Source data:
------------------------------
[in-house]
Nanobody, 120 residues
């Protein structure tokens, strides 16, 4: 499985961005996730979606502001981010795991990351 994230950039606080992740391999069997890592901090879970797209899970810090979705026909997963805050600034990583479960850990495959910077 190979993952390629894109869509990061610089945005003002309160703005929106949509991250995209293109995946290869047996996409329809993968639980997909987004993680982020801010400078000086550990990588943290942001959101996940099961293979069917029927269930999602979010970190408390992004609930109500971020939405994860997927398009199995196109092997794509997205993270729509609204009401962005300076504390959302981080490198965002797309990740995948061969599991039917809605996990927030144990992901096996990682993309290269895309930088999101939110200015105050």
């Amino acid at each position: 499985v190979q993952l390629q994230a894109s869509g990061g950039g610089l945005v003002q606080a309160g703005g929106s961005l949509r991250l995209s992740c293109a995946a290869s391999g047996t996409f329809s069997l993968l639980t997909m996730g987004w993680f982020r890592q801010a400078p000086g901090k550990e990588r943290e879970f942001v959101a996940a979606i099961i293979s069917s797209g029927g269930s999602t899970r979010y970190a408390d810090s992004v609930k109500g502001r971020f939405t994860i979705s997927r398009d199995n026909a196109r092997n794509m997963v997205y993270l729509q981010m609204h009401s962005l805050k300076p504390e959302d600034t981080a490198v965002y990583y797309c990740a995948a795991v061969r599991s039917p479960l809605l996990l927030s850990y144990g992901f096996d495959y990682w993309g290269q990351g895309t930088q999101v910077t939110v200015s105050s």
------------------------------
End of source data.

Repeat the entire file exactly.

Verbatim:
[in-house]
Nanobody, 120 residues
């Protein structure tokens, strides 16, 4: 499985961005996730979606502001981010795991990351 994230950039606080992740391999069997890592901090879970797209899970810090979705026909997963805050600034990583479960850990495959910077 190979993952390629894109869509990061610089945005003002309160703005929106949509991250995209293109995946290869047996996409329809993968639980997909987004993680982020801010400078000086550990990588943290942001959101996940099961293979069917029927269930999602979010970190408390992004609930109500971020939405994860997927398009199995196109092997794509997205993270729509609204009401962005300076504390959302981080490198965002797309990740995948061969599991039917809605996990927030144990992901096996990682993309290269895309930088999101939110200015105050």
């Amino acid at each position: 499985v190979q993952l390629q994230a894109s869509g990061g950039g610089l945005v003002q606080a309160g703005g929106s961005l949509r991250l995209s992740c293109a995946a290869s391999g047996t996409f329809s069997l993968l639980t997909m996730g987004w993680f982020r890592q801010a400078p000086g901090k550990e990588r943290e879970f942001v959101a996940a979606i099961i293979s069917s797209g029927g269930s999602t899970r979010y970190a408390d810090s992004v609930k109500g502001r971020f939405t994860i979705s997927r398009d199995n026909a196109r092997n794509m997963v997205y993270l729509q981010m609204h009401s962005l805050k300076p504390e959302d600034t981080a490198v965002y990583y797309c990740a995948a795991v061969r599991s039917p479960l809605l996990l927030s850990y144990g992901f096996d495959y990682w993309g290269q990351g895309t930088q999101v910077t939110v200015s105050s």